Now normally, as Mets fans, we’re a bit like the younger brother to that other team in the Bronx insofar as that we never seem to match up to them in our own eyes. The Mets have an organization that is valued according to Forbes magazine in 2009 at $912 million dollars. In 2010 Forbes values the Mets at $858 million. The Yankees are at $1.6 billion.

It’s amazing when you think about it in those terms especially when we argue why it is that the Yankees can absorb bad contracts and the Mets, well, you know what I’m talking about. Not to mention each time you hear someone say the Mets haven’t spent money over the years, allow me to explain it this way.

The Mets have a team payroll of around $136 million plus another $16 million in player bonuses totaling $152 million. The revenue the Mets amassed last year was $268 million. Not withstanding the teams’ operating costs, the Wilpons put 56.7% of last year’s revenue into the team payroll. The New York Yankees have a payroll of $206 million. With the payroll you have to include player bonuses it brings it to $240 million. The Yankees revenue last year was an incredible $441 million. Taking the same approach to operating costs the Yankees put 54.4 % of their revenue into their 2010 Yankee team. Yes the Mets actually spent MORE on team payroll than the Yankees have in terms of revenue generated. Bet you didn’t know that.  The real question isn’t why don’t the Wilpons spend money, it should be how they’ve spent their money.  That’s not a way to absolve the Mets of any fault- I’ll get to that soon- but it does put quite a bit into perspective.

So that leaves us back to where we are now, post trade deadline. The Mets had valid reasons to turn down a trade for Cliff Lee, or Roy Oswalt, or Dan Haren. All three teams involved demanded Jon Niese and or Ike Davis and a few top tiered minor leaguers. What those teams acquired for their star pitchers can be questioned but in the end unless you’re ok with dealing Jon Niese and Ike Davis, those teams apparently were unwilling to deal. That leaves us with Ted Lilly. Lilly has $4.3 million remaining on his contract. If the Mets ate the remainder of his deal, then they may have had leverage so that they wouldn’t have to give up a bevy of minor league talent. Can you hear the crickets? It’s the sound of nothing being done.  When you couple not having a deep minor league system with financial issues – I don’t think I need to draw a picture, I respect your intellect too much.

Obviously the Mets leadership from Omar on up are saying one thing when it comes to finances and the truth is somewhere in the middle of the Hudson. Whether or not there’s more going on that the Wilpons don’t wish and quite frankly don’t have to tell, at least not to us, we don’t fully know but when it walks like a’s a duck.  At the very least this team should know you can’t be ambiguous in this market and escape criticism.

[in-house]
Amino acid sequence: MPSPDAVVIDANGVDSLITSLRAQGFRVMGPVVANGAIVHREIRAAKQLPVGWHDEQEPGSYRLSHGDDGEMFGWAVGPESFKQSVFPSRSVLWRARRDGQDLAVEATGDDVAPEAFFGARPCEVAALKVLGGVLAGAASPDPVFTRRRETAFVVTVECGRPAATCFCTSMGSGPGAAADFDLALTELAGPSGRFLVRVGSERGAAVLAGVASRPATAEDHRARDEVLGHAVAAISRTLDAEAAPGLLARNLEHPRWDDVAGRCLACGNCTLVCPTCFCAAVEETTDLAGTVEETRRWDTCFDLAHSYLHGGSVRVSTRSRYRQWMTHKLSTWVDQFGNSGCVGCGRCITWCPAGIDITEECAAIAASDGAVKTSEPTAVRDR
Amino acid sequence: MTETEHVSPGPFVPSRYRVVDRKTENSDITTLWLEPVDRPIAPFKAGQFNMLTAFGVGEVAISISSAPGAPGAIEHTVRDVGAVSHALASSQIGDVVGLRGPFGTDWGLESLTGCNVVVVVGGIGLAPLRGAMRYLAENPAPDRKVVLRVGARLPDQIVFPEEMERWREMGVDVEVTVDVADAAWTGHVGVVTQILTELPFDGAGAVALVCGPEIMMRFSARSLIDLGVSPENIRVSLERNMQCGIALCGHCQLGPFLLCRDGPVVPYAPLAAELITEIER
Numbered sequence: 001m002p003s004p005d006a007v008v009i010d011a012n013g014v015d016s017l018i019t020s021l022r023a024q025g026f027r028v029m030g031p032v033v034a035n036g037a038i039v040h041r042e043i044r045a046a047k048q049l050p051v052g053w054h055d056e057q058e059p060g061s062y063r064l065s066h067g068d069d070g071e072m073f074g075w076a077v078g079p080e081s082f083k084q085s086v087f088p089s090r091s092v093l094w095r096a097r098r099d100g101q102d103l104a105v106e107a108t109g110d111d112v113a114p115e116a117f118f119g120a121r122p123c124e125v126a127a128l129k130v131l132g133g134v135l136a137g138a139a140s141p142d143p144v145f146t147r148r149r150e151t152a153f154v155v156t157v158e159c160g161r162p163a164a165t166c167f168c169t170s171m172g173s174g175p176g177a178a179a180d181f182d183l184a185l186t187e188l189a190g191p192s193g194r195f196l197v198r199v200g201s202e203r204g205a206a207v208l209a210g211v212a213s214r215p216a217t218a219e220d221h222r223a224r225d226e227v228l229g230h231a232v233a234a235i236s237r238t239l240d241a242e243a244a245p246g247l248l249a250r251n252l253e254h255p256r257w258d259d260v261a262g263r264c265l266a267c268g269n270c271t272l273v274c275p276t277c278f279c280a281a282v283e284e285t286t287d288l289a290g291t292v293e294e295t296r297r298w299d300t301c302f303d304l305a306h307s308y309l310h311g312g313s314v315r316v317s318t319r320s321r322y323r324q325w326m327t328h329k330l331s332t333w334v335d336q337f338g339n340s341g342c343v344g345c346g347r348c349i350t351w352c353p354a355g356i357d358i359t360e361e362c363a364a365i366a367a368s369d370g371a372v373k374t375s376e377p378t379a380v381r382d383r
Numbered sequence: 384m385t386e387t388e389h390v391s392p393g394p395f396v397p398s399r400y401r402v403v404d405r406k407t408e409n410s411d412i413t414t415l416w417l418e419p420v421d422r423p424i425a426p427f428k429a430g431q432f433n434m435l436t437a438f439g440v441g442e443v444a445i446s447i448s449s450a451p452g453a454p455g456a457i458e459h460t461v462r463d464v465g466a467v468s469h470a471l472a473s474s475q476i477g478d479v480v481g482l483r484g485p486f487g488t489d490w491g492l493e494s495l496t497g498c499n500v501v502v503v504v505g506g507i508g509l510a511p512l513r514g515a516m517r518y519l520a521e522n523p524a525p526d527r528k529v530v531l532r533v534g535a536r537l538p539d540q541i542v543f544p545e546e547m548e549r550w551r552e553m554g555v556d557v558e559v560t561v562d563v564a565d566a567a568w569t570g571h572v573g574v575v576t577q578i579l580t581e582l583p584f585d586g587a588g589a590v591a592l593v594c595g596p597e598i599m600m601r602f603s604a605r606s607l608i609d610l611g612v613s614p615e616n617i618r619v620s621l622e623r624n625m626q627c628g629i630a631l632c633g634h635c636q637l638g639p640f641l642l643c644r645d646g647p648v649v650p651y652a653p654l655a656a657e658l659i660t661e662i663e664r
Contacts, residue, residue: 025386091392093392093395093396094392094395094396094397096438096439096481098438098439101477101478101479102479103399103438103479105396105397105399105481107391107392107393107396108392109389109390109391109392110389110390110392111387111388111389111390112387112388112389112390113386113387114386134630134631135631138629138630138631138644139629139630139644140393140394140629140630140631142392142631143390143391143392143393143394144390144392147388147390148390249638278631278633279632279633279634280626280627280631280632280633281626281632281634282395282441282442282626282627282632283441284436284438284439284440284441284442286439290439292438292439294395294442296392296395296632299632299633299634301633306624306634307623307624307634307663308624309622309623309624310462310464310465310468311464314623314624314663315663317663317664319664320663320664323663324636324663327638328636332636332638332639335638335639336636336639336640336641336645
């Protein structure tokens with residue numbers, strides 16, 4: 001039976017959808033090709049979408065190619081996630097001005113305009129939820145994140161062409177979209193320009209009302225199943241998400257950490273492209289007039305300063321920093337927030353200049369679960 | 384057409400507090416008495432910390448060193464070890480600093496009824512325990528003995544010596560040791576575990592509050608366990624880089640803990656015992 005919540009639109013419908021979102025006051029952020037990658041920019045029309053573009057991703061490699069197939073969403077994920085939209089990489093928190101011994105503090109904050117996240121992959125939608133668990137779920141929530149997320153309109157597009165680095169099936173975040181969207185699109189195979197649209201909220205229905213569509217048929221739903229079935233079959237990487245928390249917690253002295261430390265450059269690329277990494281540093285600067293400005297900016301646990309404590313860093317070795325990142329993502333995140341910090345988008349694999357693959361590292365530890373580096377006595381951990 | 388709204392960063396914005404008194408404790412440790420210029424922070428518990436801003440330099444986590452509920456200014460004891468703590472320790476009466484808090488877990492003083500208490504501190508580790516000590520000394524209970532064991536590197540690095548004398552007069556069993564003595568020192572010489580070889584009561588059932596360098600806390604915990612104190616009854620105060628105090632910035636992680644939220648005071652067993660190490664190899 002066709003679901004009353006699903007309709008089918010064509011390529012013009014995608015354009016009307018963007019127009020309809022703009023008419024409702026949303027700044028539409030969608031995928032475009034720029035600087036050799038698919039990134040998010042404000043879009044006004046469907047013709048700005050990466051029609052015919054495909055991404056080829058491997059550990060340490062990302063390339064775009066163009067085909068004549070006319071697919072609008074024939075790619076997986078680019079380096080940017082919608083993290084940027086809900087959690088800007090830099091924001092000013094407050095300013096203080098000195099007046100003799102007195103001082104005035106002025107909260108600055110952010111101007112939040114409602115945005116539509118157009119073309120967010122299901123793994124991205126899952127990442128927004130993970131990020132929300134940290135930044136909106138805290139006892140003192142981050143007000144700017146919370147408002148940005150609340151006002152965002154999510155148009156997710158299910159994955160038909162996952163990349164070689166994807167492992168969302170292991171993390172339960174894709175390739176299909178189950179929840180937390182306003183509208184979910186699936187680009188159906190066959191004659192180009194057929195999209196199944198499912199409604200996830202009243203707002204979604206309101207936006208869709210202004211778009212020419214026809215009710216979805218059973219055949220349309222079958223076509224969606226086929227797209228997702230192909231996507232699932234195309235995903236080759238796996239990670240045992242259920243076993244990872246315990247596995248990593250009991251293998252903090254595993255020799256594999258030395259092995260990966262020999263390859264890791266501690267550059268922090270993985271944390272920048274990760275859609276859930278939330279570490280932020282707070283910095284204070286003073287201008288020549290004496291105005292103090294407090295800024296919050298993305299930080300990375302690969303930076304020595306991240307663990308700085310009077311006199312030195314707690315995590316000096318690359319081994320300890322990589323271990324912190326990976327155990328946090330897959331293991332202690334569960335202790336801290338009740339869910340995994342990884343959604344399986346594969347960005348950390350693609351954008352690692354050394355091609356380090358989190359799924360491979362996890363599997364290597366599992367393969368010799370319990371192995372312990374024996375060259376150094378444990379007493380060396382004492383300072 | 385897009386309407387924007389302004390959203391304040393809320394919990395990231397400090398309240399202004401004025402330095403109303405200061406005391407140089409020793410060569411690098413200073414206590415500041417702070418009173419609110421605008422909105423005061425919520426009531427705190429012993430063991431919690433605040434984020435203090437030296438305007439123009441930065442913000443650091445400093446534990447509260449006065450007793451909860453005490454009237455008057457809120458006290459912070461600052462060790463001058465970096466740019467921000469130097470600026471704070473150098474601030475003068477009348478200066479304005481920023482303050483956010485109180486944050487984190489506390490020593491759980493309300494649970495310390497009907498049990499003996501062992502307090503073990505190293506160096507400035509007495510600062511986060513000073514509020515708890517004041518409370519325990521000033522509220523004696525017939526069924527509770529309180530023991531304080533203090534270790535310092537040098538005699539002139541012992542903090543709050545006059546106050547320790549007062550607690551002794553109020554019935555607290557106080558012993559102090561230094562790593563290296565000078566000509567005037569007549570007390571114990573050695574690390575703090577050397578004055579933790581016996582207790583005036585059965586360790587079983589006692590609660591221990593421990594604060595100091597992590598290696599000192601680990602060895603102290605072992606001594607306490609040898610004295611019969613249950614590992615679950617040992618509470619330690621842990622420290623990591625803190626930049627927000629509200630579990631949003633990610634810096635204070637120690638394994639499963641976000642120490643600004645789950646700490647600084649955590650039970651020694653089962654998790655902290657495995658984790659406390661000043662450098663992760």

Remember the Mets are a privately run corporation. This isn’t General Motors who answers to the stockholders, but the Mets do owe it to the fans to be honest. Imagine Fred Wilpon holding a presser, getting up to the podium and saying essentially,

“My family has spent and continues to spend on the New York Mets. This is a team I care about more than you know, but the time has come where the coaches need to coach, the players need to play and we do have incredible players. Teams with a third of our payroll have turned out championships. So can we. I challenge my men. I challenge them to be more than what they could even imagine they could be.”

How refreshing would that be? He wouldn’t even have to break it down and explain in detail why he’s chosen to curb spending. It would be THE story in New York. Owner calls out his players and publicly challenges them to play beyond their individual capabilities.

You have to admit it’s not something you see everyday at least not with the Mets. The key is making it public but not doing so in a demeaning fashion to the players. Fred Wilpon doesn’t like to rock the boat. Perhaps this is the key time in this franchise when it’s owner can challenge himself to rock this ship in a Titanic, New York style. I challenge you Mr. Wilpon. I challenge the New York Mets.

About Joe Spector 86 Articles
I'm just your regular Joe. Staff writer @ Happily married and a father to a baby girl. I attended my first Met game at the ripe old age of 3 where my father scored a foul ball and had it signed by Lee Mazzilli, Joe Torre and Joe Pignataro. It was my Holy Grail - 'till I buried it in the backyard. I have my own website where you can read my drivel at your leisure @